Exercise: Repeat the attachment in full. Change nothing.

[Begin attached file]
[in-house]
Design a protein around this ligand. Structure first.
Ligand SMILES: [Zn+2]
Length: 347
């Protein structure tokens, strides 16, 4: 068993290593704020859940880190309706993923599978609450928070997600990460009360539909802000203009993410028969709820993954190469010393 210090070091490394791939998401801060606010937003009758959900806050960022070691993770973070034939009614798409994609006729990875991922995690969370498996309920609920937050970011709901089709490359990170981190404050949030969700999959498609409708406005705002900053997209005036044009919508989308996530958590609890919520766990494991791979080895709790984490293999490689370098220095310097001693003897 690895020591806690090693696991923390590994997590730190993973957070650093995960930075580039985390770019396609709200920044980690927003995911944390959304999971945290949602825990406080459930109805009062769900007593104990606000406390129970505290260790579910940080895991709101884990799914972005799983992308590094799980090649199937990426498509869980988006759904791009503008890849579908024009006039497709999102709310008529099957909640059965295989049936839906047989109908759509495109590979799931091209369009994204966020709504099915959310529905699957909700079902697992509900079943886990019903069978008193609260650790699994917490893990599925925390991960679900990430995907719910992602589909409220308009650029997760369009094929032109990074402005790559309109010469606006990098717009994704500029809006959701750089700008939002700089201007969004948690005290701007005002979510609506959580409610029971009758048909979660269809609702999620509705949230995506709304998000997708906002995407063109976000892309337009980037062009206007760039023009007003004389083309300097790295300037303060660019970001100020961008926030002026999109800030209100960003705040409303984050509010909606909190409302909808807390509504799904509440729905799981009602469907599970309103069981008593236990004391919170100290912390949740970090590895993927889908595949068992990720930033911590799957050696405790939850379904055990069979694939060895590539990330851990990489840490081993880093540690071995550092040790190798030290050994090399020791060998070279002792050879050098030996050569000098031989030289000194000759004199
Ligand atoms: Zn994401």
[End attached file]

[in-house]
Design a protein around this ligand. Structure first.
Ligand SMILES: [Zn+2]
Length: 347
């Protein structure tokens, strides 16, 4: 068993290593704020859940880190309706993923599978609450928070997600990460009360539909802000203009993410028969709820993954190469010393 210090070091490394791939998401801060606010937003009758959900806050960022070691993770973070034939009614798409994609006729990875991922995690969370498996309920609920937050970011709901089709490359990170981190404050949030969700999959498609409708406005705002900053997209005036044009919508989308996530958590609890919520766990494991791979080895709790984490293999490689370098220095310097001693003897 690895020591806690090693696991923390590994997590730190993973957070650093995960930075580039985390770019396609709200920044980690927003995911944390959304999971945290949602825990406080459930109805009062769900007593104990606000406390129970505290260790579910940080895991709101884990799914972005799983992308590094799980090649199937990426498509869980988006759904791009503008890849579908024009006039497709999102709310008529099957909640059965295989049936839906047989109908759509495109590979799931091209369009994204966020709504099915959310529905699957909700079902697992509900079943886990019903069978008193609260650790699994917490893990599925925390991960679900990430995907719910992602589909409220308009650029997760369009094929032109990074402005790559309109010469606006990098717009994704500029809006959701750089700008939002700089201007969004948690005290701007005002979510609506959580409610029971009758048909979660269809609702999620509705949230995506709304998000997708906002995407063109976000892309337009980037062009206007760039023009007003004389083309300097790295300037303060660019970001100020961008926030002026999109800030209100960003705040409303984050509010909606909190409302909808807390509504799904509440729905799981009602469907599970309103069981008593236990004391919170100290912390949740970090590895993927889908595949068992990720930033911590799957050696405790939850379904055990069979694939060895590539990330851990990489840490081993880093540690071995550092040790190798030290050994090399020791060998070279002792050879050098030996050569000098031989030289000194000759004199
Ligand atoms: Zn994401």